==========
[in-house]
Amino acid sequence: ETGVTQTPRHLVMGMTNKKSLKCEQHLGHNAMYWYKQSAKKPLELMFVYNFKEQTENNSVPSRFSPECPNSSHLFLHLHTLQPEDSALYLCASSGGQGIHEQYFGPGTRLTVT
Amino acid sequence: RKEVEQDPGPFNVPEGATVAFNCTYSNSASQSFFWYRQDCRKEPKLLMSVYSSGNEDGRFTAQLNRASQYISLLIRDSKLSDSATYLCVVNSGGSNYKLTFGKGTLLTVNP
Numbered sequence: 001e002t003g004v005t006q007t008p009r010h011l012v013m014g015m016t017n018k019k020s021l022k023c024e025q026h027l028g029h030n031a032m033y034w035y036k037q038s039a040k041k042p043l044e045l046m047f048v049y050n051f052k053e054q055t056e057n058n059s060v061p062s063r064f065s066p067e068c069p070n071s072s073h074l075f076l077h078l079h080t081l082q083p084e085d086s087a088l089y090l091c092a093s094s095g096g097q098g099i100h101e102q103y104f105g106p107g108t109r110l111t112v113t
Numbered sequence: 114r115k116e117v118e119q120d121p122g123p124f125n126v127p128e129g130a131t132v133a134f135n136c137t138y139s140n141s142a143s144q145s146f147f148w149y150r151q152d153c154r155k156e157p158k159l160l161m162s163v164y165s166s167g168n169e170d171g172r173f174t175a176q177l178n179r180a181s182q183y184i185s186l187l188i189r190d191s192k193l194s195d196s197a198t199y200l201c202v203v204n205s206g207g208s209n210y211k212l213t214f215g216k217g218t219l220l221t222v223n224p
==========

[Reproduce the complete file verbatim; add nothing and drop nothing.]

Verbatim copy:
[in-house]
Amino acid sequence: ETGVTQTPRHLVMGMTNKKSLKCEQHLGHNAMYWYKQSAKKPLELMFVYNFKEQTENNSVPSRFSPECPNSSHLFLHLHTLQPEDSALYLCASSGGQGIHEQYFGPGTRLTVT
Amino acid sequence: RKEVEQDPGPFNVPEGATVAFNCTYSNSASQSFFWYRQDCRKEPKLLMSVYSSGNEDGRFTAQLNRASQYISLLIRDSKLSDSATYLCVVNSGGSNYKLTFGKGTLLTVNP
Numbered sequence: 001e002t003g004v005t006q007t008p009r010h011l012v013m014g015m016t017n018k019k020s021l022k023c024e025q026h027l028g029h030n031a032m033y034w035y036k037q038s039a040k041k042p043l044e045l046m047f048v049y050n051f052k053e054q055t056e057n058n059s060v061p062s063r064f065s066p067e068c069p070n071s072s073h074l075f076l077h078l079h080t081l082q083p084e085d086s087a088l089y090l091c092a093s094s095g096g097q098g099i100h101e102q103y104f105g106p107g108t109r110l111t112v113t
Numbered sequence: 114r115k116e117v118e119q120d121p122g123p124f125n126v127p128e129g130a131t132v133a134f135n136c137t138y139s140n141s142a143s144q145s146f147f148w149y150r151q152d153c154r155k156e157p158k159l160l161m162s163v164y165s166s167g168n169e170d171g172r173f174t175a176q177l178n179r180a181s182q183y184i185s186l187l188i189r190d191s192k193l194s195d196s197a198t199y200l201c202v203v204n205s206g207g208s209n210y211k212l213t214f215g216k217g218t219l220l221t222v223n224p